Just because you have a 3mm eyepiece attachment doesn’t mean it will give you the highest magnification possible. The best viewing experience you can get from a telescope in terms of magnifying power depends on other factors like the telescope’s aperture and focal length.

As a general rule, the maximum magnification you need would be the diameter of your telescope’s aperture (in inches) multiplied by 60. For more tips on the minimum and maximum magnifying power for your instrument, you can check out this video.

Barlow Lenses

A nifty little piece of equipment that can increase your eyepiece’s magnifying strength by up to five times is the Barlow lens. The 2x Barlow lens is the most commonly used one. It is cost-effective, and you only need one lens to double the magnification of all your eyepieces.

Aligning Your Telescope To The North Celestial Pole

Polar alignment is crucial as it allows you to find and track celestial objects more easily. Nowadays, there is an app for everything, including aligning your telescope!

If you don’t have the patience to do it the old-fashioned way, via the declination drift method, or if you don’t have a GoTo mount or computerized telescope, using a polar alignment app is your next best option.

Filters

If, when viewing bright stars like the moon, you find that the image you see is too bright for your eyes, getting a lunar/moon filter can help reduce the brightness without distorting the image. There are also solar/sun filters on the market if you’re interested in safely watching solar eclipses.

Special Considerations

Reflecting Telescopes

As you may already know, one of the main tasks relating to maintaining your reflector telescope is collimation.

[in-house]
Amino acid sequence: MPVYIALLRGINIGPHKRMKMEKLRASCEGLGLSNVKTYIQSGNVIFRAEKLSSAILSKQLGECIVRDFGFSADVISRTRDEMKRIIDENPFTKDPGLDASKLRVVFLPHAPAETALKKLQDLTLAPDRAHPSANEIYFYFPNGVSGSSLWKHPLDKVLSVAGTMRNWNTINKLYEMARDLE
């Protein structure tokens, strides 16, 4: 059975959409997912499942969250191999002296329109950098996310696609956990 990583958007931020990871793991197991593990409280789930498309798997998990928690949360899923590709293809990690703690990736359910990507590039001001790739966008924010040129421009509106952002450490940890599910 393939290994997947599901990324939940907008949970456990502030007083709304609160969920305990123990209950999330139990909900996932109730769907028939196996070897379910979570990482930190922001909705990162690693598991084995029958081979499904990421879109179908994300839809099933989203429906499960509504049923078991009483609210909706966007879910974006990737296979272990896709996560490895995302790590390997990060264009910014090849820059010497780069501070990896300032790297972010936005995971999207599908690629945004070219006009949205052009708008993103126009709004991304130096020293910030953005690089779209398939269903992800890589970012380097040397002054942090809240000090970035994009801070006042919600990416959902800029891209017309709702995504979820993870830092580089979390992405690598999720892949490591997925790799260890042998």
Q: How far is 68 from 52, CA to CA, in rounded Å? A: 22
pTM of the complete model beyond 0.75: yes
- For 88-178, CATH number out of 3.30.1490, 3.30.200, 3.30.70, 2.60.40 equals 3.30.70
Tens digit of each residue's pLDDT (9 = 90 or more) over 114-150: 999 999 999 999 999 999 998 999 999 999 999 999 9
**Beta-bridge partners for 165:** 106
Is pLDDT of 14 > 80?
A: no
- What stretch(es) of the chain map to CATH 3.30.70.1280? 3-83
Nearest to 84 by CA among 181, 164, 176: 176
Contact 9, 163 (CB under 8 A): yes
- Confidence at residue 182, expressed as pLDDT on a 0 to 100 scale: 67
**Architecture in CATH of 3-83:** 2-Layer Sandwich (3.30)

Collimation simply refers to aligning your telescope’s mirrors to give you the best view possible. You will need a collimator such as a sight tube or Cheshire to align your scope’s mirrors.

Catadioptric Telescopes

Catadioptric or hybrid telescopes will also require collimation, some more often than others.

One of the most popular catadioptric designs is the Schmidt Cassegrain Telescope. If you own one of these powerful, compact optical instruments then you should know that they work with mirrors.

Refracting Telescopes

This type of telescope is compact, portable, and great for beginners. Refracting telescopes do not require collimation.

Red Light

Astronomy enthusiasts typically use red light instead of blue or white light when setting up their telescopes in the dark.

Why red light? The red hue helps your eyes stay adapted to the dark which would give you a much better view of outer space.

You can use a red color filter on your phone’s flashlight if it supports that feature. Alternatively, you can buy a flashlight that gives red light or make your own filter on a flashlight you already have.

How To Set Up A Telescope: Recap

  1. Do some research on the parts of the telescope and their functions before you attempt to set up your scope
  2. Before assembling the telescope, read the instruction manual on how to safely and correctly put the parts together
  3. Gather all the tools you’ll need before you start assembling the parts
  4. When your telescope is assembled and ready to be set up, get familiar with how to manipulate and adjust the different parts of your telescope
  5. If you don’t know how to set up a telescope, the first step is to set the mount and tripod on a stable, leveled surface
  6. Collimate your telescope if it uses mirrors. Refractors and most compound telescopes do not need to be collimated
  7. Align your telescope with the Earth’s rotational axis
  8. Align the finderscope with your telescope
  9. Use the right eyepiece. Remember that higher magnification power does not necessarily mean better image quality
  10. If necessary, use solar and lunar filters to protect your eyes from damage
  11. Allow your telescope enough time to acclimatize to the outside temperature
  12. Enjoy!

Conclusion

We hope this guide has helped you learn more about how to set up a telescope. Remember that before taking your telescope outside, you should also check the astronomy weather forecast, have a good, dark location, and give your telescope enough time to acclimatize to the outdoors temperature. You can now enjoy the heavenly views!